A highlight of the presentations will be “The Development and Use of the Screw Press for Coin Production,” a two-hour panel discussion Aug. 13 from 3-5 p.m. Led by dealer and early U.S. coinage expert Brad Karoleff, the panel will discuss different aspects of early minting technology in the United States. Panelists include:

* John Dannreuther, author and former ANA Numismatist of the Year
* Dr. Richard Doty, curator, Smithsonian Institution National Numismatic Collection
* Bill Eckberg, noted half cent collector and researcher
* R. W. Julian, prolific numismatic writer and researcher
* Douglas Mudd, curator, ANA Edward C. Rochette Money Museum
* Craig Sholley, author famous for research into the U.S. Mint archives

Other highlights include “Money as a Social Reflection” with David Liu, 2010 ANA Harry W. Bass Jr. Numismatic Intern (Aug. 11, 9 a.m.); and “Engraver & Patriot Paul Revere: The Man & the Medal” with Jamie Franki, professor of art at the University of North Carolina and designer of the official ANA 119th anniversary convention medal (Aug. 14, 4 p.m.).

Below is a complete list of Numismatic Theatre presentations:

Wednesday, August 11

9 a.m. – “Money as a Social Reflection,” presented by David Liu

10 a.m. – “Henry Morgan: Brutal Pirate & Honored Statesman,” presented by Tom Sebring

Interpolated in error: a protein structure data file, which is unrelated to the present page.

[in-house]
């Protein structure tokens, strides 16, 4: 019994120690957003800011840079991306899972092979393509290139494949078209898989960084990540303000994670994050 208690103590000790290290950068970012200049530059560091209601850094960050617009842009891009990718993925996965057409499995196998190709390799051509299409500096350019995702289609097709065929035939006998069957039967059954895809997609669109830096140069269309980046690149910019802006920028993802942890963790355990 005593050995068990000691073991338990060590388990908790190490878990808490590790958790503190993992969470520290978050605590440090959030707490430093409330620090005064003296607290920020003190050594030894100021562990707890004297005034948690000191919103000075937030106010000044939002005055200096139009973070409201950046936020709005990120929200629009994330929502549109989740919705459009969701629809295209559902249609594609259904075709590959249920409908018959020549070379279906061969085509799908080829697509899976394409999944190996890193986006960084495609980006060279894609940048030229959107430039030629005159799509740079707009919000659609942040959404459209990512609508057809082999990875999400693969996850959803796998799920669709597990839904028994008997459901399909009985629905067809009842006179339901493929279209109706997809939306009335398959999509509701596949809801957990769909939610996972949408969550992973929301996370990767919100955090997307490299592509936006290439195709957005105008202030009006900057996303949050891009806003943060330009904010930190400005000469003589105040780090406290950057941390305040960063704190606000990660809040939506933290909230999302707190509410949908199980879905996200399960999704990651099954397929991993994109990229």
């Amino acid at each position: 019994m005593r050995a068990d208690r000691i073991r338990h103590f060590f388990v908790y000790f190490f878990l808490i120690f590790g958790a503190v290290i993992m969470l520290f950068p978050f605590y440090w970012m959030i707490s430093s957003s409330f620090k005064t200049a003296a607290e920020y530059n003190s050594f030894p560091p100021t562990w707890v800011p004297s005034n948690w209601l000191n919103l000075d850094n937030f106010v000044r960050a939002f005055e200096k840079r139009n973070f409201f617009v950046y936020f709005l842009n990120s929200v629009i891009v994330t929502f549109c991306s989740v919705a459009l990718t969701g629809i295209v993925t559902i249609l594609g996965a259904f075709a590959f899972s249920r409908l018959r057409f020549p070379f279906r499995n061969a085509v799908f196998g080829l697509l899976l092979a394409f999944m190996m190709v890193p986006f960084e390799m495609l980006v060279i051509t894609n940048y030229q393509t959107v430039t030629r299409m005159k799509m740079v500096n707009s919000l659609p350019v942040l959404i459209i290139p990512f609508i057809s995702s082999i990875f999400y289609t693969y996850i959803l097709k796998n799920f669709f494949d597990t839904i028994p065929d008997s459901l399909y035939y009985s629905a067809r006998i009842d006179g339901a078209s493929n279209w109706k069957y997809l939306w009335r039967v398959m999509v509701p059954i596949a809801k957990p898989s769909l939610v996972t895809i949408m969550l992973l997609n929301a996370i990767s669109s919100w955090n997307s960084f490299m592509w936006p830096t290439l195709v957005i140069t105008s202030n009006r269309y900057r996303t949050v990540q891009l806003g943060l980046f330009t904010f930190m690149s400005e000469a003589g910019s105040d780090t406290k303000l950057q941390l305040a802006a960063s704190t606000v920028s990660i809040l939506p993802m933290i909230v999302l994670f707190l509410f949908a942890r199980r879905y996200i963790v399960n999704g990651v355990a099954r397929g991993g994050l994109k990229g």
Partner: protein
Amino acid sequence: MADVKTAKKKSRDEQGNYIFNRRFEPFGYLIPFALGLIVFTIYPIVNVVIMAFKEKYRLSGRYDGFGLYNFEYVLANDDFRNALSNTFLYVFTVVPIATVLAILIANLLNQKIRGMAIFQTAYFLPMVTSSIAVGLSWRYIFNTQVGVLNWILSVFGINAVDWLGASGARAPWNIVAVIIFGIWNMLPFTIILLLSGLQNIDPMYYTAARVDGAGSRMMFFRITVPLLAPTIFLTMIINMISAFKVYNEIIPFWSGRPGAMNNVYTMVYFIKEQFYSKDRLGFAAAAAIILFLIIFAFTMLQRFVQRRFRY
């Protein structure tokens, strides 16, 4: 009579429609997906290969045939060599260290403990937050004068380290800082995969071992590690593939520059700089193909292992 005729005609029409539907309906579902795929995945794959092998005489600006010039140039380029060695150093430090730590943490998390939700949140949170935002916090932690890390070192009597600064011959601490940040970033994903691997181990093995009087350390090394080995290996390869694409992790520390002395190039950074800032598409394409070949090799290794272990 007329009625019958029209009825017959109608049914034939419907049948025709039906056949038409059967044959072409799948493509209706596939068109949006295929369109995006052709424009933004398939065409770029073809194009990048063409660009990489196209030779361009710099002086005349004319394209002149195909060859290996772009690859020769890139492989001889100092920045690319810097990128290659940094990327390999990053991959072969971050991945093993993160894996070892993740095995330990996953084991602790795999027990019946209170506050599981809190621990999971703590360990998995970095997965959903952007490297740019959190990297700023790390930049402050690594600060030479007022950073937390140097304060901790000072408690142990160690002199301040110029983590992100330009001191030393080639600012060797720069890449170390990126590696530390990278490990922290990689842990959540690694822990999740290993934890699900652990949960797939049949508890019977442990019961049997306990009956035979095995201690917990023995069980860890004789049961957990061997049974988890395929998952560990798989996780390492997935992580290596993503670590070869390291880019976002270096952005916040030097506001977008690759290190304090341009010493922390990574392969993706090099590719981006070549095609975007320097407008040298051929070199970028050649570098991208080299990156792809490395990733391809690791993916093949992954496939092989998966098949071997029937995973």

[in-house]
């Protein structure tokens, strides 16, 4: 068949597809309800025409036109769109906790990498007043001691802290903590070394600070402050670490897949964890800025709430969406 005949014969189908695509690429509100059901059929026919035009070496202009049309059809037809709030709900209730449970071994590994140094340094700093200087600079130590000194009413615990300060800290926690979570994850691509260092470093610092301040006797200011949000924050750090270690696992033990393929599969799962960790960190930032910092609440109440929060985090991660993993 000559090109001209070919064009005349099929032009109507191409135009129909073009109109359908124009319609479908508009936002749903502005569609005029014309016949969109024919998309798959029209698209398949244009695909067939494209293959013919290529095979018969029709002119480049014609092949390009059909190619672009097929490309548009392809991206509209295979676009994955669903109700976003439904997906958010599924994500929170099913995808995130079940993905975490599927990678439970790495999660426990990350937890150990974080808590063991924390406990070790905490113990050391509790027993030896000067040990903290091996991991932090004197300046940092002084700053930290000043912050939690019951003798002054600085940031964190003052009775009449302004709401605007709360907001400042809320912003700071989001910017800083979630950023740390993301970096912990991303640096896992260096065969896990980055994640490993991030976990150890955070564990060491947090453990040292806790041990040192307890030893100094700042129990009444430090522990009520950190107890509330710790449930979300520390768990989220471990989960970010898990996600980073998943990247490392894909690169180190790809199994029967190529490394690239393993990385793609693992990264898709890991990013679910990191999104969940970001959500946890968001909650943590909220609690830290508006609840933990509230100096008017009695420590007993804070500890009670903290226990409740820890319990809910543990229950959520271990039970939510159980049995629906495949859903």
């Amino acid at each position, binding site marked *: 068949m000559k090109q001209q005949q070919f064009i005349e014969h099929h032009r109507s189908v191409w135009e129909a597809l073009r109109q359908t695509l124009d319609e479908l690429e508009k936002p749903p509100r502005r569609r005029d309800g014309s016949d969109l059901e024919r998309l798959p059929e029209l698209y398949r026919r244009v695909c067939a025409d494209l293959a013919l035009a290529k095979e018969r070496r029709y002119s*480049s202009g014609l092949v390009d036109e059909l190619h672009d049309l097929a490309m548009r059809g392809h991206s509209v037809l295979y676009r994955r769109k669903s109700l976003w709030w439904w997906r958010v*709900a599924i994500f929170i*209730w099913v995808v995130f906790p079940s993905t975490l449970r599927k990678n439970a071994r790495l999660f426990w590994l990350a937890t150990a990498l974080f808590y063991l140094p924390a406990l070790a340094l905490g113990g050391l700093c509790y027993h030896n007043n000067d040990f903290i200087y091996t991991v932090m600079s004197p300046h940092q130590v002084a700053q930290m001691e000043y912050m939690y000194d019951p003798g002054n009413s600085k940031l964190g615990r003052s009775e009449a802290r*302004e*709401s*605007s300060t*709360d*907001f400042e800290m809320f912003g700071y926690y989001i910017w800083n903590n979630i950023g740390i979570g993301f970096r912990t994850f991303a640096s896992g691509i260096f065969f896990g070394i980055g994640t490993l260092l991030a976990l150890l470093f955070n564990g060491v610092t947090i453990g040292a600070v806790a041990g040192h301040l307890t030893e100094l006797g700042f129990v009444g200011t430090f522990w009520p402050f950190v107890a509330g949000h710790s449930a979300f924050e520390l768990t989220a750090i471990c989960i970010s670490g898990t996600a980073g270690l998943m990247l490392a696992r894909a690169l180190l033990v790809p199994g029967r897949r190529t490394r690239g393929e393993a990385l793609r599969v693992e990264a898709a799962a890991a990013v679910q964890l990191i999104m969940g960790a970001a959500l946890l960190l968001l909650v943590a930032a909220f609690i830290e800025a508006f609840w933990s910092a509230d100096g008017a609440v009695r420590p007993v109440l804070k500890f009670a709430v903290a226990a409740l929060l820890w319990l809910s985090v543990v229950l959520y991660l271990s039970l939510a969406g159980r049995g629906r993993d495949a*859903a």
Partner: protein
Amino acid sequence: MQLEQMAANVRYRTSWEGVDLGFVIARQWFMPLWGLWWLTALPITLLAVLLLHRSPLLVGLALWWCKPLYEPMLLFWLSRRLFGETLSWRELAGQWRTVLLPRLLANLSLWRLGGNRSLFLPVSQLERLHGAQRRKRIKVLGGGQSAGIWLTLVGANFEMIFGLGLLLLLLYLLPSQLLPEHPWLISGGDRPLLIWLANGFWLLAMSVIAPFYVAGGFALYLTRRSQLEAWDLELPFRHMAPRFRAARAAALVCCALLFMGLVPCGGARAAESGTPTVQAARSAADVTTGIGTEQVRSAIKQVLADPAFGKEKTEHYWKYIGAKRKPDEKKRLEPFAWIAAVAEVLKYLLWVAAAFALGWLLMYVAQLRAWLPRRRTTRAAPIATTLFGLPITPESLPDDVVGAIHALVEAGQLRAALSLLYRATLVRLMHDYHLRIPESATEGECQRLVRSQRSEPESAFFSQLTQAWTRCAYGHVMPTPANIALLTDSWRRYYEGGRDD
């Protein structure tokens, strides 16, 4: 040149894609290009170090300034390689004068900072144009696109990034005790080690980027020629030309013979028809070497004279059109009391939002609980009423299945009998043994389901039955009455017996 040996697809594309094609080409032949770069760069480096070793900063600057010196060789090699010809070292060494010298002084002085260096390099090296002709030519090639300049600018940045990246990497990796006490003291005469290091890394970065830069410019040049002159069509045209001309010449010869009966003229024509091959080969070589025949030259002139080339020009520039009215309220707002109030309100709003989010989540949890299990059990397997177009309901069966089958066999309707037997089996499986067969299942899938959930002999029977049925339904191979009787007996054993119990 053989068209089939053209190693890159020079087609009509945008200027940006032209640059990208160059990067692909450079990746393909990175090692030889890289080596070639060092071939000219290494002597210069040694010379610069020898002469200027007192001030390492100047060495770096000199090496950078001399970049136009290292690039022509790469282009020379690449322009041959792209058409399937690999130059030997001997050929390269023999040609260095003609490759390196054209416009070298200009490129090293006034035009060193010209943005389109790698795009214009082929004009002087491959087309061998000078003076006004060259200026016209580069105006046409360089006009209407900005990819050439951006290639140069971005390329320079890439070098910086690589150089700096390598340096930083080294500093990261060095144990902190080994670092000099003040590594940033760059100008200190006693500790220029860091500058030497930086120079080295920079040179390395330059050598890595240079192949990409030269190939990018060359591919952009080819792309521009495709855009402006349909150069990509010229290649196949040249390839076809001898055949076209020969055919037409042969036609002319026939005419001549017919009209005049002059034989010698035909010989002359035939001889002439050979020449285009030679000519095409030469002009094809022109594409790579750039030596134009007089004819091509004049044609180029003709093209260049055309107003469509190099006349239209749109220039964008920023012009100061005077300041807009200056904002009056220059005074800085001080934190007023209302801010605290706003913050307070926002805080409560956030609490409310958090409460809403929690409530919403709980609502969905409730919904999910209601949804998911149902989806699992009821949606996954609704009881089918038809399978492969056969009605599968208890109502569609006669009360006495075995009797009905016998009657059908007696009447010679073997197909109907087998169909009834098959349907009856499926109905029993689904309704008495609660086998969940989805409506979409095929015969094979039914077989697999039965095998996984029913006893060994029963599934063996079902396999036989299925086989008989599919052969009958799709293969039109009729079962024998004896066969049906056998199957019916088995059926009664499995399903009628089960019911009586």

11 a.m. – “The Liberty Paper Mill: A Cradle of the American Revolution,” presented by Peter Hopkins

12 p.m. – “Coin Grading for Beginners,” presented by William Robins

1 p.m. – “The Story of One 1786 M 5-3-B-2,” presented by Robert Moffatt

2 p.m. – “To Arms! A History of the American Revolution as Seen on Obsolete Bank Notes,” presented by C. John Ferreri

3 p.m. – “The Coin Finds from the Antioch Excavations – Revisited,” presented by Alan Stahl

4 p.m. – “Curious Currency of the World,” presented by Robert D. Leonard (more…)

Gold to Shine in Forum at World’s Fair of Money

Two leading experts on the acquisition and trading of gold coins and bullion will provide a wealth of inside information on those subjects – free of charge – during the ANA World’s Fair of Money (www.WorldsFairOfMoney.com), the year’s biggest coin show, on Friday, August 13, 2010, at the Hynes Convention Center in Boston, Massachusetts.